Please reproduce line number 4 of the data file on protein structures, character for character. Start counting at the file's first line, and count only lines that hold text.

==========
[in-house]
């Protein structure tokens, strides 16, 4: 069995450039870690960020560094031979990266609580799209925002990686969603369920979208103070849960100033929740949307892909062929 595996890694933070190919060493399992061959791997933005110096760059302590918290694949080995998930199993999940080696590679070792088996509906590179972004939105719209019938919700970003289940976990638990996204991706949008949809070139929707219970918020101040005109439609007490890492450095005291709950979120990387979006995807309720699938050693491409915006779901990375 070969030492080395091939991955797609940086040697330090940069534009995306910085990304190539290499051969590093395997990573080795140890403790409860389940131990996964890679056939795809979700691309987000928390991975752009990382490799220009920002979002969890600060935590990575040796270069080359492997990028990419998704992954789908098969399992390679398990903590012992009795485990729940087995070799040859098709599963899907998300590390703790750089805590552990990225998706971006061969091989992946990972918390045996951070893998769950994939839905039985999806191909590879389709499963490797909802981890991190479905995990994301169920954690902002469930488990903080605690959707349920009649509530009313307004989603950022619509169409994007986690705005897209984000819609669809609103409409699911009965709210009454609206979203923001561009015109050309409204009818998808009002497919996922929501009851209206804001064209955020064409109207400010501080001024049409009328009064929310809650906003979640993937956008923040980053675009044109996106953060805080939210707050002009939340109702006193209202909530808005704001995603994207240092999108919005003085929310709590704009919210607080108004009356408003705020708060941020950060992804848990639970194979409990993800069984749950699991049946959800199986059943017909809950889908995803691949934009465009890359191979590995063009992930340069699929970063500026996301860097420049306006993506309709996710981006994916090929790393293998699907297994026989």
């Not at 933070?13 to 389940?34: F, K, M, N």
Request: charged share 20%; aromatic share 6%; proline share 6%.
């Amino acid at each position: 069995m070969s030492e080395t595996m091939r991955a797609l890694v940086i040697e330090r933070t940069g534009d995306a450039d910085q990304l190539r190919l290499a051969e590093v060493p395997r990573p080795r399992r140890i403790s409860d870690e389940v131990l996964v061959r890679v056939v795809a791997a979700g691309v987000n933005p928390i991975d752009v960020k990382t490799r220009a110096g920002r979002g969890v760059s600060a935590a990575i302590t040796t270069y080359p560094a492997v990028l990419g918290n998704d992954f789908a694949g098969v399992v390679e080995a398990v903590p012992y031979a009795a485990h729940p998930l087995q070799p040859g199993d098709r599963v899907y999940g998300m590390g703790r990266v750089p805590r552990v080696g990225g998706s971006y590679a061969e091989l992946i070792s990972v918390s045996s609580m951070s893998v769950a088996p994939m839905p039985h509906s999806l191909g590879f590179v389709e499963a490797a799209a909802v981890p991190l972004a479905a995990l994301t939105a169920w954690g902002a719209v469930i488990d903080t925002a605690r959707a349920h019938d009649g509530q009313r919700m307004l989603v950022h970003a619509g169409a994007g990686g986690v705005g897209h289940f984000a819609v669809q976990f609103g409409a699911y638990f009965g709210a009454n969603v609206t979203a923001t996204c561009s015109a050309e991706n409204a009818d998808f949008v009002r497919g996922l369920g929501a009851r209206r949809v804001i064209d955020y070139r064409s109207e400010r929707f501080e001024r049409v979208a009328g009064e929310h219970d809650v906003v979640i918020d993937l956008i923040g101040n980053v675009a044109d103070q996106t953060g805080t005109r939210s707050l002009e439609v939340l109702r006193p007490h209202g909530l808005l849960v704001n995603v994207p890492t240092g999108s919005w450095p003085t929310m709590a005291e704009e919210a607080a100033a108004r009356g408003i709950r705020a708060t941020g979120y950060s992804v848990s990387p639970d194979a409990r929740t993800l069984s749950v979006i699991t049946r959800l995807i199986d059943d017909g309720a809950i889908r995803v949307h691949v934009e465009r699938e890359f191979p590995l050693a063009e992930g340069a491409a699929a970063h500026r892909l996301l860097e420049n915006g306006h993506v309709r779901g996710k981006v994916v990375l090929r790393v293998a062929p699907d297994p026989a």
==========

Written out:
Request: charged share 20%; aromatic share 6%; proline share 6%.